Ramik Wilson: 'I thought it was a celebration penalty'

semerson@macon.comOctober 28, 2013 

UGA_CLM

Georgia inside linebacker Ramik Wilson (51) stops Clemson running back Roderick McDowell.

DONN RODENROTH/FOR THE TELEGRAPH — DONN RODENROTH

ATHENS - Ramik Wilson spoke to the media on Monday night, his first appearance since the targeting penalty at Vanderbilt. So obviously that was the dominant topic.

The junior inside linebacker said he hardly remembers the play, or at least his hit on Vanderbilt receiver Jonathan Krause, since it happened so fast. But he remembered well the aftermath, when he and his teammates thought they had made a key fourth-down stop.

"The ref standing next to me, he was signaling incomplete. So I was jogging off the field, and I heard the whole crowd just yell, and saw a late flag," Wilson said. "I thought it was a celebration penalty, because everybody was jumping around. Then they were talking about I was ejected."

The ejection was overturned. By rule, at least the rule this year, the 15-yard penalty had to stick. Vanderbilt got new life, then got a touchdown to make it 27-21. The Commodores went on to win 31-27.

Wilson said he wasn't even supposed to be there. He was helping Damian Swann double-team Jordan Matthews, Vanderbilt's top receiver. But Wilson saw that Krause was on the verge of breaking free, so Wilson moved towards the middle of the field.

"I didn't even really know I hit him that hard until I saw the replay," Wilson said, letting out a slight laugh. "It happened so fast. I know I didn't hit his helmet though, I know that."

The replay verified that. But going high - even at the shoulders - was enough to draw the penalty flag, and the damage was done.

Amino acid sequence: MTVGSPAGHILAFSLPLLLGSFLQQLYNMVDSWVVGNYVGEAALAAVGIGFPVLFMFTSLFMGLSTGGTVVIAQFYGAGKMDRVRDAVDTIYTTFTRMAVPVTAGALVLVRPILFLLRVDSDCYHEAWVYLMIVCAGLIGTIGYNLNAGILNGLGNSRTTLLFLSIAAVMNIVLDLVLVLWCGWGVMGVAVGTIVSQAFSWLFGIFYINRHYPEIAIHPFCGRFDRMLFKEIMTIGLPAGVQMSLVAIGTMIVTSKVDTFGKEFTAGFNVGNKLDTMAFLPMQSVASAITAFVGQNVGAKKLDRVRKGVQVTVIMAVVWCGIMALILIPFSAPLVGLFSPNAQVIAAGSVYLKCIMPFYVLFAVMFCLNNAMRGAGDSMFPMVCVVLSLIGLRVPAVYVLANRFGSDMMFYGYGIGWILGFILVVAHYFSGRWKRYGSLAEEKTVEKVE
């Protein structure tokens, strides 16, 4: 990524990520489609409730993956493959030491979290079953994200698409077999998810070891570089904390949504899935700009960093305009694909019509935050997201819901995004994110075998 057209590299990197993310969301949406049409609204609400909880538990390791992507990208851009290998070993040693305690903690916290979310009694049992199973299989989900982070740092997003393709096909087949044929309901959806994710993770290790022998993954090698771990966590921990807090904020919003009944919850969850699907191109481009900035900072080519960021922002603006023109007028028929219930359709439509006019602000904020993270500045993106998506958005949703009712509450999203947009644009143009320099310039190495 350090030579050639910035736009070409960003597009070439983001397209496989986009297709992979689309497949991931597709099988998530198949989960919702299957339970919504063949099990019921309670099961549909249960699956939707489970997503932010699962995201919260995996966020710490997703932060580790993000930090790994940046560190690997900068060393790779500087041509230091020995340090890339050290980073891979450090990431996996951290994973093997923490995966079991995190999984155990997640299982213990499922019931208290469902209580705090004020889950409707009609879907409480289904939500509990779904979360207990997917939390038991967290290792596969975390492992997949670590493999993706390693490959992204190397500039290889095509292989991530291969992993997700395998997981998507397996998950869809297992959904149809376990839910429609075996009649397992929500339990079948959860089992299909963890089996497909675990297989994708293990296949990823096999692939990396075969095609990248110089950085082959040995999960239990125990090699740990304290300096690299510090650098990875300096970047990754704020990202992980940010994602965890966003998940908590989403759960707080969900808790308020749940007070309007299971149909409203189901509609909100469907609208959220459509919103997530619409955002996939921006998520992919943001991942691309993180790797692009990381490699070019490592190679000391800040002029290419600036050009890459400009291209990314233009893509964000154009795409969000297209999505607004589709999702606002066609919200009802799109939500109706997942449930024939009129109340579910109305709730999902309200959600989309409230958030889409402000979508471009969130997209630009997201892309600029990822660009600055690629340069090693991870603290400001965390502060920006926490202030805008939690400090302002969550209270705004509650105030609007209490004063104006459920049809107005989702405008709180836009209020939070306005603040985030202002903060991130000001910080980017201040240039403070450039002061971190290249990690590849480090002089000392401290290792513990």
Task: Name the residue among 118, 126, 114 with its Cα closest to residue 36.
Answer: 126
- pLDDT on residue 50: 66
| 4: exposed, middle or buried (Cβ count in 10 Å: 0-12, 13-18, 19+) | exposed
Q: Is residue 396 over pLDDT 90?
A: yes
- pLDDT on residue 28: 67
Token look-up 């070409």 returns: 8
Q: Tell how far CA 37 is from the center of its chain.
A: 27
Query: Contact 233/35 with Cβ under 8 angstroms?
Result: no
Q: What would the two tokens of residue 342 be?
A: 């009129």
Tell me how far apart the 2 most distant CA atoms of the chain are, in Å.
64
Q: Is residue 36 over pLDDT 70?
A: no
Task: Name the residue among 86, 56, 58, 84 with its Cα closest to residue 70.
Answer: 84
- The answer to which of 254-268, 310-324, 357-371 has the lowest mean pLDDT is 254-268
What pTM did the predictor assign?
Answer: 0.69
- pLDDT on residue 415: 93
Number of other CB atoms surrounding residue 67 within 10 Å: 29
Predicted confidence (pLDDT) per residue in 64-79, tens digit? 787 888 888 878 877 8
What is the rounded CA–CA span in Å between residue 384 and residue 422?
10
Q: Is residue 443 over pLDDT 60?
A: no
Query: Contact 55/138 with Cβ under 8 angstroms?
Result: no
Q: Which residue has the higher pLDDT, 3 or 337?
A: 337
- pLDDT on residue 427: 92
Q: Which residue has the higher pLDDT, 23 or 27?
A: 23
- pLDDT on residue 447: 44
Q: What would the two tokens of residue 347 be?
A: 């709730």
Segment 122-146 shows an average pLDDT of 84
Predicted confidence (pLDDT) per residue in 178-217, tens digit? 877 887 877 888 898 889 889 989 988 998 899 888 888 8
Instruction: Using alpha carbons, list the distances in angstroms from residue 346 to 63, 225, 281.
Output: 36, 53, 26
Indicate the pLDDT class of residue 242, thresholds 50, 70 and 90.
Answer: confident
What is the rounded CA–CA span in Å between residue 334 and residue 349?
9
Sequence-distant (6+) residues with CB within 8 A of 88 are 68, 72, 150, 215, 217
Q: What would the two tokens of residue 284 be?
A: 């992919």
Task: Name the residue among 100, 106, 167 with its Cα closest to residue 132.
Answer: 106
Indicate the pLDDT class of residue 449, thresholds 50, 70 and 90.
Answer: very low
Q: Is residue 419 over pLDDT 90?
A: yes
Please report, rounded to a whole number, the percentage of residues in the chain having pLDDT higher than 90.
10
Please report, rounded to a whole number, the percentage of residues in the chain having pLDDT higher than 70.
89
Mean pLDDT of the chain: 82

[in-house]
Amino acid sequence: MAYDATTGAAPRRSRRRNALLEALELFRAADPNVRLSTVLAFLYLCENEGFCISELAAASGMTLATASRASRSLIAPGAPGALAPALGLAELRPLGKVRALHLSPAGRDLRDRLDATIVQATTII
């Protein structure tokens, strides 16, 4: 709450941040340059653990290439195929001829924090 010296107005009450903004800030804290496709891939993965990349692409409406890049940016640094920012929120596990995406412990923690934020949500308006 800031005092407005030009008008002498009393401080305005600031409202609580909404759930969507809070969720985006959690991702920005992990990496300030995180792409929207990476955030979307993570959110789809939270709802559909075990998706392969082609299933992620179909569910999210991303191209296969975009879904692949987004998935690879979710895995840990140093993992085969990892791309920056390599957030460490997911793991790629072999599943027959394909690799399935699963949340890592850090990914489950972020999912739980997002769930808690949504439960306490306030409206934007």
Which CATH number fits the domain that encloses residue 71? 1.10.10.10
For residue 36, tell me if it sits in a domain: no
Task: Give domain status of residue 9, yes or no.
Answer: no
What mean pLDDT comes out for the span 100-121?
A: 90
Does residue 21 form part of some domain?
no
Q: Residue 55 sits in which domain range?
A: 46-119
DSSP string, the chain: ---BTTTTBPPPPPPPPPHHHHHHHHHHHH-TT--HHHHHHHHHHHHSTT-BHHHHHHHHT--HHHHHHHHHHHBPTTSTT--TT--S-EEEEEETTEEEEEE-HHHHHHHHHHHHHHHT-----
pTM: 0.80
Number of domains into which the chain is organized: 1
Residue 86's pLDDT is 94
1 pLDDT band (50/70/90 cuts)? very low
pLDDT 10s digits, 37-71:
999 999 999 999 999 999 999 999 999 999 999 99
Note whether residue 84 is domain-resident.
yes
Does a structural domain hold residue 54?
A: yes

Even before the game, Georgia's defense had worked on avoiding targeting calls. Freshman safety Tray Matthews has said awareness of targeting has inhibited his hard-hitting nature.

But now after what happened at Vanderbilt, Wilson said he and his teammates will try to adjust their style even more.

"Since they aren't gonna stop calling it, looking for the calls, people are gonna start hitting low," he said. "So pretty much they say go for the legs, and take them out, and everything will be all right."

Still, Wilson did not appear to want to belabor the subject. Several times Wilson said he and his teammates were moving on.

"It was frustrating. But you've gotta play all four quarters. I don't think the play should've come down to that one play. We had lots of other opportunities. But like I said we've moved on from that, and are getting ready to play Florida."

Related stories:

For these five Bulldogs, it's a very big week

Georgia with good injury news at Monday's practice

SEC needs more transparency, accountability for officials

Follow Seth Emerson at @sethemerson.

Ledger-Enquirer is pleased to provide this opportunity to share information, experiences and observations about what's in the news. Some of the comments may be reprinted elsewhere in the site or in the newspaper. We encourage lively, open debate on the issues of the day, and ask that you refrain from profanity, hate speech, personal comments and remarks that are off point. Thank you for taking the time to offer your thoughts.

Commenting FAQs | Terms of Service